A clay-reinforced polymer nanocomposite is formed by letting down the masterbatch into a polymer or polymerizable material, and polymerizing the macrocyclic oligomer (and other polymerizable materials, if any). Any melt-processable polymer can be used to let down the masterbatch, including, for example, a polymer of the macrocyclic oligomer or another macrocyclic oligomer, a polymer that is compatible with the polymerized macrocyclic oligomer, a polymer that is reactive with the macrocyclic oligomer or its polymer (such as one that forms a random or block copolymer therewith, or contains functional groups that react with the macrocyclic oligomer or its polymer), or even a polymer that is relatively incompatible with the macrocyclic oligomer or its polymer (to form a phase-segregated blend or alloy). Examples of suitable polymers include polyolefins, polyesters, polyethers, polyurethanes, polyacrylates, poly(vinyl aromatics), poly(vinyl alcohols), polyamides, styrene-butadiene copolymers, and the like. Suitable polymerizable materials include additional quantities of the macrocyclic oligomer, a different macrocyclic oligomer, a monomer other than a macrocyclic oligomer that can form random or block copolymers with the macrocyclic oligomer, or other polymerizable material.
Let-down ratios are selected so that the desired level of dispersed filler particles is present in the final product. This level is generally from about 1 to about 30, especially from about 2-20, and more preferably from about 2-8% filler particles by weight. To accomplish this, a let-down weight ratio of from about 0.5-20 parts of additional polymer or polymerizable material to 1 part masterbatch, especially about 1-10:1 and more preferably about 2-6:1 is often convenient. This is conveniently done by melting the components and mixing them, or by forming a dry blend followed by heating and mixing. As mentioned before, the mixing step may be accompanied or followed by a shearing step to disperse the filler and/or promote the exfoliation of the clay. Particulate starting materials may be dry blended ahead of time. An advantage of the invention is that metering of components is simplified, thus helping improve the consistency of the composition of the blended product. Mixing is also improved, resulting in a more uniform product and better dispersion and exfoliation of layered clay particles.
If a diluent-based method is used to make the masterbatch, the diluent is conveniently removed, either before or after it is let down. Conventional methods of decanting, drying, distillation, vacuum distillation, filtration, extraction or combinations of these can be used. Drying and distillation methods, especially vacuum drying and vacuum distillation methods, are suitable when the diluent has a relatively low boiling temperature. Extraction methods are of particular interest when the diluent is higher-boiling. Extraction methods can be performed on the masterbatch or let-down masterbatch by contacting it with an extractant in which the diluent is miscible. The extractant is generally a volatile hydrocarbon, halocarbon or alcohol having a boiling temperature of below 100° C. The greater volatility of the extractant allows residual quantities of the extractant to be removed from the dispersion by exposing it to vacuum and/or moderately elevated temperatures, for example, within a devolatilizing extruder.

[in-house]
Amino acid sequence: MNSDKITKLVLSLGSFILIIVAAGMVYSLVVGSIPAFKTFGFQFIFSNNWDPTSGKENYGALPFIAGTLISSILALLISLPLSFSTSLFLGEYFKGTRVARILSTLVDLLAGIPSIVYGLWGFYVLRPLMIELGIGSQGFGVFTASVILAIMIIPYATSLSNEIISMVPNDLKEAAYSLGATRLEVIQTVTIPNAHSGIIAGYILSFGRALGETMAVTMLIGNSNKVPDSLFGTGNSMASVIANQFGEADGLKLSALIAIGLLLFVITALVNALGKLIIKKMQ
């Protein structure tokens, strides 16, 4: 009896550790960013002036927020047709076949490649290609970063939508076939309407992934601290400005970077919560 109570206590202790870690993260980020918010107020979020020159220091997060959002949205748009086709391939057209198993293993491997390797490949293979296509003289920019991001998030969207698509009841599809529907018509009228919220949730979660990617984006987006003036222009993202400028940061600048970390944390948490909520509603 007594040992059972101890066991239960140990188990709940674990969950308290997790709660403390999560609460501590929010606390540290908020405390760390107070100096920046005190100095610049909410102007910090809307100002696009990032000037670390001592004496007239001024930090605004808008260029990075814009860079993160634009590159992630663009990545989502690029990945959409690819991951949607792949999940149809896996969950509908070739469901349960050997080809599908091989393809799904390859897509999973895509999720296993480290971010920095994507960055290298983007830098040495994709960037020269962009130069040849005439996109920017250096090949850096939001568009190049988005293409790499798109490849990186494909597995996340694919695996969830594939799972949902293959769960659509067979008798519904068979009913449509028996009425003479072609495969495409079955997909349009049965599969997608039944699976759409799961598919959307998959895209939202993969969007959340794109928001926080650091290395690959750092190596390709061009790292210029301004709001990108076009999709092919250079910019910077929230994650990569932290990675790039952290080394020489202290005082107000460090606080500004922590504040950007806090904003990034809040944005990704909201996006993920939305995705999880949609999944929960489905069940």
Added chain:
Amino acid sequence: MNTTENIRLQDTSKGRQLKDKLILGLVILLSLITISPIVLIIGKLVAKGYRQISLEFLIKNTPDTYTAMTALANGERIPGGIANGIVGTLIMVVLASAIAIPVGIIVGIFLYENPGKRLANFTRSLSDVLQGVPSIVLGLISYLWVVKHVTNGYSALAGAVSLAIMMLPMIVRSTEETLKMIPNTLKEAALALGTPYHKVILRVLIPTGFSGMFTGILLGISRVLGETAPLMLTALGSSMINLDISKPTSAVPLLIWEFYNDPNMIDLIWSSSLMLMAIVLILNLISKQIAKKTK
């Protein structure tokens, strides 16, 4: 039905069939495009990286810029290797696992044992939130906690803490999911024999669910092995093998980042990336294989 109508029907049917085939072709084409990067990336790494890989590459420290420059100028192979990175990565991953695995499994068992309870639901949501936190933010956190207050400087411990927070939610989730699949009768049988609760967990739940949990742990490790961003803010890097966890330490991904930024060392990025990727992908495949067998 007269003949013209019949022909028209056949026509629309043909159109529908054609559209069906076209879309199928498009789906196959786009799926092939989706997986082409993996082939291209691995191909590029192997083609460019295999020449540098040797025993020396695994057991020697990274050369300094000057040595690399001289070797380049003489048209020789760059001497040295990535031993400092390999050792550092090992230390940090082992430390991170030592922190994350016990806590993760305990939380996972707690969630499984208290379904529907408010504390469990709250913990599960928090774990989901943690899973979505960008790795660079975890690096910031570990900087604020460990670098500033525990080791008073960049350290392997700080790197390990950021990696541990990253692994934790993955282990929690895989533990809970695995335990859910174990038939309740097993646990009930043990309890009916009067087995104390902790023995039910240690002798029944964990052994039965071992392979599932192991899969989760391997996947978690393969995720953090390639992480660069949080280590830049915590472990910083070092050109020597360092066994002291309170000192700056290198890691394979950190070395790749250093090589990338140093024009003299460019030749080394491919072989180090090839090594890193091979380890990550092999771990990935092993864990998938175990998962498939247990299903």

In one aspect of the invention, the macrocyclic oligomer is polymerized after the masterbatch is let down. Methods of polymerizing cyclic oligomers are well known. Examples of such methods are described in U.S. Pat. Nos. 6,369,157 and 6,420,048, WO 03/080705, and U.S. Published Application 2004/0011992, among many others. Any of these conventional polymerization methods are suitable for use with this invention. In general, the polymerization reaction is conducted in a presence of a polymerization catalyst as described before.
The polymerization is conducted by heating the dispersion above the melting temperature of the macrocyclic oligomer in the presence of the polymerization catalyst. The polymerizing mixture is maintained at the elevated temperature until the desired molecular weight and conversion are obtained. Suitable polymerization temperatures are from about 100° C. to about 300° C., with a temperature range of about 100° C. to about 280° C. being preferable and a temperature range of about 180-270° C. being especially preferred.
The catalyst is preferably incorporated into the masterbatch, but if not, it can be added during the polymerization or just prior to the polymerization. Enough catalyst is provided to provide a desirable polymerization rate and to obtain the desired conversion of oligomers to polymer, but it is usually desirable to avoid using excessive amounts of a catalyst. A suitable mole ratio of transesterification catalyst to macrocyclic oligomer can range from about 0.01 mole percent or greater, more preferably from about 0.1 mole percent or greater and more preferably 0.2 mole percent or greater. The mole ratio of transesterification catalyst to macrocyclic oligomer is from about 10 mole percent or less, more preferably 2 mole percent or less, even more preferably about 1 mole percent or less and most preferably 0.6 mole percent or less.
The polymerization may be conducted in a closed mold to form a molded article. An advantage of cyclic oligomer polymerization processes is that they allow thermoplastic resin molding operations to be conducted using techniques that are generally applicable to thermosetting resins. When melted, the cyclic oligomer typically has a relatively low viscosity. This allows the cyclic oligomer to be used in reactive molding process such as liquid resin molding, reaction injection molding and resin transfer molding, as well as in processes such as resin film infusion, impregnation of fiber mats or fabrics, prepreg formation, pultrusion and filament winding that require the resin to penetrate between individual fibers of fiber bundles to form structural composites. Certain processes of these types are described in U.S. Pat. No. 6,420,047, incorporated herein by reference.